will feel its movements for the first time.
The eyes were previously
thought to remain fused until around 24 weeks. But 4D ultrasound
scans have revealed babies opening their eyes by the 16th week.
It’s dark in there but the eyes are still not fully functional
anyway. By the 18th week the foetus has reached the half way stage.
At 21 weeks, the end of the second trimester, everything is fully
formed if not fully grown. At this stage a few babies can survive
outside the womb but most would still die or suffer from severe
difficulties. But most will remain where they are and put on a bit
of weight and practice some vital skills for survival in the outside
The mother is becoming
increasingly aware of the changes happening inside her body. Her
baby can taste and smell the amniotic fluid in which it lives. Doctors
know that the amniotic fluid can taste of garlic, onion and even
curry. Too much spice and the foetus will stick out its tongue!
And it can hear not only what goes on inside the womb, but also
the rest of its mother’s body and sounds from the outside
world. The most dominant sound is the mother’s heartbeat,
followed by the gurgling in her stomach. Strangely it can hear it
father’s voice best if he is close – the lower frequency
waves can penetrate the abdomen wall more easily.
Credit - David Barlow
It is thought that the foetus can sense
pain from 24 weeks on – and possibly even earlier. This is
also the time the baby could be born and stand a chance of surviving
– and it is also the latest time that abortions can be carried
out in the UK or the USA. The baby can now open its eyes regularly
– but only the very brightest light can get through the abdomen
wall. At 25 weeks the eyes are fully formed but the pigment will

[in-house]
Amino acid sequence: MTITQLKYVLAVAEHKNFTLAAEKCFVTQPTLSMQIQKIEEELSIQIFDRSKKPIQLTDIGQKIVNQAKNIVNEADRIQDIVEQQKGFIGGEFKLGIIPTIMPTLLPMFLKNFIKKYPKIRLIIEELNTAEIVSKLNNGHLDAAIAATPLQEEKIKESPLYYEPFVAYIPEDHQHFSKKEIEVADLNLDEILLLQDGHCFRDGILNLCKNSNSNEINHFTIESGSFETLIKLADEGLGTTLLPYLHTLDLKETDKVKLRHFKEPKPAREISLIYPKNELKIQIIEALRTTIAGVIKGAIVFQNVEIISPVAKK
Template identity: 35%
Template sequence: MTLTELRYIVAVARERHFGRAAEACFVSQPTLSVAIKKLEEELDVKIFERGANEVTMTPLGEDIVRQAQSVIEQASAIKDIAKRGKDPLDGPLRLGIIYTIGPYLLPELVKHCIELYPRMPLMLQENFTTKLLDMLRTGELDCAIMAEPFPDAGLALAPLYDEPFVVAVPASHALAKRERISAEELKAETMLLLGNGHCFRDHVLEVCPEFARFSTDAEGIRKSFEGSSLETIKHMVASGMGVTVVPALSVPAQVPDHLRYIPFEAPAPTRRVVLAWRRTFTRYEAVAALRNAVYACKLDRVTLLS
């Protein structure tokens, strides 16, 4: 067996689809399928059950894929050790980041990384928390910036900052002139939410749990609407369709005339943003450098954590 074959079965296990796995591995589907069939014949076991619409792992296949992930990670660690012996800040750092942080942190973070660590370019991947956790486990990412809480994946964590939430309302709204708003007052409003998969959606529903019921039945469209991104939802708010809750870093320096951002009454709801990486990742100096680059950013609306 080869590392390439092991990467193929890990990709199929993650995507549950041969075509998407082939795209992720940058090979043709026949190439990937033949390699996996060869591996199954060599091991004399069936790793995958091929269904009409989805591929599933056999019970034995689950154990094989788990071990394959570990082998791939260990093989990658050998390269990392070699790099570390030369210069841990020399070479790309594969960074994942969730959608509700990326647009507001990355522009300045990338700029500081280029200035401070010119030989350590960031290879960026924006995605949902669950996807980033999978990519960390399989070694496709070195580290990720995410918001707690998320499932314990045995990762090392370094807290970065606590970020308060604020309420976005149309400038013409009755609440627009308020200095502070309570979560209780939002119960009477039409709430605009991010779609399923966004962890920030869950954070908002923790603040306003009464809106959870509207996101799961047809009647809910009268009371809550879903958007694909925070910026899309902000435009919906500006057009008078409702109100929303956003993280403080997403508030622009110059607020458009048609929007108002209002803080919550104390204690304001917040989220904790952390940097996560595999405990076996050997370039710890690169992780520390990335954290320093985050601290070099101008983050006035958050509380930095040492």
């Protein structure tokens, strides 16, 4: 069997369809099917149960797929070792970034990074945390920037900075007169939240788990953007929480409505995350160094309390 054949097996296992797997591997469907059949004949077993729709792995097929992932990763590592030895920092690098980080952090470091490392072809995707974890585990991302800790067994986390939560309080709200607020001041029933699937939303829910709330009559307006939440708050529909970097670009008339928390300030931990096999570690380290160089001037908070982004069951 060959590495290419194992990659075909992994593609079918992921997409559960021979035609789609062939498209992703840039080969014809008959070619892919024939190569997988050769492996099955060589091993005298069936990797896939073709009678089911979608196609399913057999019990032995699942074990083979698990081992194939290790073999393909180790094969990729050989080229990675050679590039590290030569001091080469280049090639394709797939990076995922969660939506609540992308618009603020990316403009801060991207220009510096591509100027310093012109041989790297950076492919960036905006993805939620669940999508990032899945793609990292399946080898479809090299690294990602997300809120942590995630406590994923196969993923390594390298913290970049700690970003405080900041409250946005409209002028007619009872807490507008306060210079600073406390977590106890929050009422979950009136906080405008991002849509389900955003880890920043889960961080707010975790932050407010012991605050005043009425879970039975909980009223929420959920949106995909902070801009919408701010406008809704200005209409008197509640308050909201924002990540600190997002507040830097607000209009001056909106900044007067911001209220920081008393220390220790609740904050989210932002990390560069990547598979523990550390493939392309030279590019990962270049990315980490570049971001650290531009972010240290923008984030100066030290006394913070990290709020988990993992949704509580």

only mature when it is born – the pigment cannot properly
form without light. The baby will drink 2 litres a day of amniotic
fluid. It serves no nutritional value but does help perfect the
art of swallowing – so important for later survival.
Foetuses spends around 90% of their
time asleep but when they are awake they can be full of beans, often
exhibiting the ‘startle’ reflex where it throws it arms
and legs out if it hears a loud noise. The baby has been hard at
work sucking its thumb since the 11th week. By the 25th week it
will suck its fingers, toes - in fact anything it can get hold of.
At week 26 it is possible to hear the foetuses own heartbeat by
pressing your ear to the mother’s abdomen. Its heartbeat is
twice as fast as it mother’s. And it ‘breathes’
just like a newborn, except that its lungs are filling with fluid
rather than air. The air sacs inside the lungs are still closed
and will not open until the moment of birth.
By the 7th month the
baby kicks and hiccups just like a new born. And when it is asleep
4D scans reveal that it experiences REM – rapid eye movement
- as far as we are aware a clear indication of dreaming. What is
it dreaming of – its mother’s voice, her heart beat
or the loud noises outside? We don't know.
The cry of a new born
baby already exhibits some of the speech features and rhythms of
its parents. A French newborn baby prefers to look at a French speaking
person and a Russian newborn at a Russian speaker. Incredible but
true. And fast music can stimulate the foetus. Music similar to
the heartbeat rhythm will have a soothing effect but faster music
will agitate it. At 32 weeks a foetus can recognise a piece of music
and move in time to it. Also it can remember things extremely well.
If its mother has watched a lot of one soap opera – after
it is born it is more likely to be calm and quiet when that programme
is playing on the TV. So our bad TV habits start before we are even
By the 9th month the
baby inverts itself so the head is pointing down ready for its exit
into the big wide world. The baby is putting on weight – mostly
fat – with less and less space to move around inside it mother.
How the birth process starts is still a mystery but we know it has
something to do with the placenta. At some point the placenta stops
the release of progesterone and this somehow kicks off contractions
in the uterus wall. During the first phase of labour the cervix
expands to allow the baby to pass through. Birth is a particular
problem for humans – our brains and therefore our heads are
large and this is the trickiest part to get out of our mothers.
Large amounts of adrenalin are released inside the baby to keep
its heart going just in case the umbilical cord is squashed and
the oxygen supply is cut off. The adrenalin also helps kick start
the lungs for a lifetime of work.
Credit - David Barlow
Finally after 9 months
the baby is thrust into a bright, noisy world. For the fist time
the baby has to breathe and feed on its own. As its incredible odyssey
inside the womb comes to an end another journey begins – the
journey of life.